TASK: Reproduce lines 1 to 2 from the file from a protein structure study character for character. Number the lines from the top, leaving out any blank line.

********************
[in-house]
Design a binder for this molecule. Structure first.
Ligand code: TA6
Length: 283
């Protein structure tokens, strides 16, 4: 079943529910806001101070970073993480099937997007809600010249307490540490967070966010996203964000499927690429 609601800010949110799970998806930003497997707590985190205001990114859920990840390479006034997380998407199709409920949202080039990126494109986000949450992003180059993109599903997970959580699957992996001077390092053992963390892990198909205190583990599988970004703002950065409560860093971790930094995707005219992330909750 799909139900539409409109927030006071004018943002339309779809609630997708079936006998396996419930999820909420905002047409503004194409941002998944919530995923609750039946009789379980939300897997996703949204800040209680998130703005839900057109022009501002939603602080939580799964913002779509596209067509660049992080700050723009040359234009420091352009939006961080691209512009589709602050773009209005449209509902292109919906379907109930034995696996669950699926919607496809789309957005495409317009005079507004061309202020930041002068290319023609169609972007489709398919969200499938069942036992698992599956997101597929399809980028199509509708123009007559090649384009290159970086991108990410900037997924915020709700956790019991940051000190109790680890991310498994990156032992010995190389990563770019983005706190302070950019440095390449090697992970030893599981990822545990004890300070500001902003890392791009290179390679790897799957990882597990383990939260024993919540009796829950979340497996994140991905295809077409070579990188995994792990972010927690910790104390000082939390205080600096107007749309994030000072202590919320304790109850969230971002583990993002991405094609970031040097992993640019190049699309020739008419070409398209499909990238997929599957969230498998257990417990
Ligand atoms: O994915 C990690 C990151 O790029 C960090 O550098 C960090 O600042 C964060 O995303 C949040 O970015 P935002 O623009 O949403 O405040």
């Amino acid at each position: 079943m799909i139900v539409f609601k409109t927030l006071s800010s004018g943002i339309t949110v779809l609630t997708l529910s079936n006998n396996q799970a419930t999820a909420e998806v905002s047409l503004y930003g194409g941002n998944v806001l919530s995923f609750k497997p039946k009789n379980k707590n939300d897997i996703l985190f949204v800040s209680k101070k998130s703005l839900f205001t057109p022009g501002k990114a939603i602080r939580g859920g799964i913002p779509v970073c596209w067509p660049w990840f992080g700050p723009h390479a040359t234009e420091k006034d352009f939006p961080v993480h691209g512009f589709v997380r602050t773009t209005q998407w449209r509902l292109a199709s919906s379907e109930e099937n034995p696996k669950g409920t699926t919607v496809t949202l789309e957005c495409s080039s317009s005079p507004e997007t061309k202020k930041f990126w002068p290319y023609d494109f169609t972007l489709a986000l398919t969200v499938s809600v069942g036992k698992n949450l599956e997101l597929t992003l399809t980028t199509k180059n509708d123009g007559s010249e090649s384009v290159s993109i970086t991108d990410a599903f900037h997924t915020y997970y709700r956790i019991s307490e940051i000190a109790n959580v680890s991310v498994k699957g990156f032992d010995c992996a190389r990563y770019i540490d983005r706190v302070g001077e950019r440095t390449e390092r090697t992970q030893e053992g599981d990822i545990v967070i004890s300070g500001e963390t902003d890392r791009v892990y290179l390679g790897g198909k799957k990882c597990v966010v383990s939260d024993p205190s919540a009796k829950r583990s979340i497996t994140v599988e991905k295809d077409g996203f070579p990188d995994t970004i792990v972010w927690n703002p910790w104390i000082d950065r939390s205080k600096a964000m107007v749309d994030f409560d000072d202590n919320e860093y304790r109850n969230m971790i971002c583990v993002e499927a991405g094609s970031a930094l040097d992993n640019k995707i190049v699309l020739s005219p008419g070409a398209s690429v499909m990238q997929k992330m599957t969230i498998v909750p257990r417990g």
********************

[in-house]
Design a binder for this molecule. Structure first.